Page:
Aggressive driving puts you and others at risk of serious injury or death. According to the National Highway Traffic Safety Administration (NHTSA), aggressive driving occurs when an individual commits a combination of moving traffic offenses that endangers other persons or property. Speeding, tailgating, erratic lane changes, and failing to obey traffic signs are just a few unsafe driving behaviors that can escalate to road rage or cause a crash. Read the information below, and ask yourself how you can improve your driving style.
Recognize the Hazards
Road construction, traffic congestion, and rude motorists can be stressful and bring out the worst in drivers. Likewise, work-related conflict or troubles at home can manifest themselves when a driver gets behind the wheel, resulting in aggressive driving behaviors.
Misguided directions from a GPS unit, running low on fuel, or issues with the electronic logging device can lead to impatience, frustration, and possibly, aggressive driving.
Aggressive driving may be the result of a variety of factors, such as an individual’s lack of professionalism, history of poor driving habits, or inability to cope with stress. Each factor can affect a person’s approach to driving.
Know the Defense
Ultimately, the only thing a driver can control is him or herself. From the decisions made behind the wheel to the way the driver responds to adversity, controlling oneself is the greatest loss prevention technique. To help manage stress, try to resolve issues before driving or pull over and refocus.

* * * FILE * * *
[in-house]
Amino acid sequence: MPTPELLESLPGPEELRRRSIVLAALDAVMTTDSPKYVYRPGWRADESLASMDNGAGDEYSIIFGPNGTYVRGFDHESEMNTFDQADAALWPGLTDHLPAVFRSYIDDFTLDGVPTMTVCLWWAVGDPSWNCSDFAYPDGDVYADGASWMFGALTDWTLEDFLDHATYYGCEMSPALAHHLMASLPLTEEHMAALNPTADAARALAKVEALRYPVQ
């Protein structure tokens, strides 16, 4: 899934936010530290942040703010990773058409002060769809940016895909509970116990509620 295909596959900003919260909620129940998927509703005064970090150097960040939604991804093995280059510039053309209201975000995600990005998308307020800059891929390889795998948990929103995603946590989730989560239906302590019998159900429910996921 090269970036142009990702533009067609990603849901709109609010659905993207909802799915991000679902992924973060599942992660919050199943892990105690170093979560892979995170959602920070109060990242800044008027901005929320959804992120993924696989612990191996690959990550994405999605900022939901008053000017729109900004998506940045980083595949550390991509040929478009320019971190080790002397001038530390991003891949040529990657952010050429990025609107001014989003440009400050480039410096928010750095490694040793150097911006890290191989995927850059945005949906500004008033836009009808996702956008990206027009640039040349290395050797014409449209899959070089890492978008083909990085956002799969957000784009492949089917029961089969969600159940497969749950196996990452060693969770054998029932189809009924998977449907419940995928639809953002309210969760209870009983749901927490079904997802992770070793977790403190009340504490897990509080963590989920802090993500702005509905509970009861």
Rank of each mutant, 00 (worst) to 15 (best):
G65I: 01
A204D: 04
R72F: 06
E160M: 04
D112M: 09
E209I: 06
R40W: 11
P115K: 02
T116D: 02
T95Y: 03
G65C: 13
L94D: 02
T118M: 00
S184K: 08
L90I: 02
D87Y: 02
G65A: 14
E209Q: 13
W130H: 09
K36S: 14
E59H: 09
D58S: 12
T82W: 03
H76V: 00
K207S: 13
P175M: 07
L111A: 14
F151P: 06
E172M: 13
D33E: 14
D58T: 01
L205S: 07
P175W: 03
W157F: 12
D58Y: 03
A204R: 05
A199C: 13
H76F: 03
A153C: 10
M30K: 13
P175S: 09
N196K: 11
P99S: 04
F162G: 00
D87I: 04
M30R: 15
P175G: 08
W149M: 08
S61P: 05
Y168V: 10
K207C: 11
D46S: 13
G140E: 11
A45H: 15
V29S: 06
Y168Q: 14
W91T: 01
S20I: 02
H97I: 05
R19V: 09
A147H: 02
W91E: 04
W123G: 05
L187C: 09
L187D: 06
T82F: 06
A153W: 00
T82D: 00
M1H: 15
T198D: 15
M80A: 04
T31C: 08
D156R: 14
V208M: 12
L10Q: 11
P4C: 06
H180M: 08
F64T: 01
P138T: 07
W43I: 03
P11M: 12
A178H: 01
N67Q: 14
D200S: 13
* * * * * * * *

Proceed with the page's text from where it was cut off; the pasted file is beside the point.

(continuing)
Maintain One Lane
Avoid making erratic or unnecessary lane changes. Stay in one lane as much as possible to better manage the space around the truck. If lane changes are needed, signal well in advance.
Observe Proper Speed for Conditions
Do not try to keep up with the vehicles around you. Instead, reduce speed by 2-3 mph below the flow of traffic, not to exceed the posted speed limit.
Maintain Proper Following Distance
Do not tailgate. Keep a minimum of six seconds behind the vehicle in front of you. Add more space if additional hazards are present, like traffic congestion, road construction, and adverse weather.
Yield the Right of Way
Never force your way into another driver’s lane. Plan ahead and use your turn signal. At intersections, yield the right of way, and do not block intersections while waiting for oncoming traffic to clear.
Note: These lists are not intended to be all-inclusive.
The information in this article is provided as a courtesy of Great West Casualty Company and is part of the Value-Driven® Company program. Value-Driven Company was created to help educate and inform insureds so they can make better decisions, build a culture that values safety, and manage risk more effectively. To see what additional resources Great West Casualty Company can provide for its insureds, please contact your safety representative, or click below to find an agent.
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This material is intended to be a broad overview of the subject matter and is provided for informational purposes only. Great West Casualty Company does not provide legal advice to its insureds, nor does it advise insureds on employment-related issues. Therefore, the subject matter is not intended to serve as legal or employment advice for any issue(s) that may arise in the operations of its insureds. Legal advice should always be sought from the insured’s legal counsel. Great West Casualty Company shall have neither liability nor responsibility to any person or entity with respect to any loss, action, or inaction alleged to be caused directly or indirectly as a result of the information contained herein.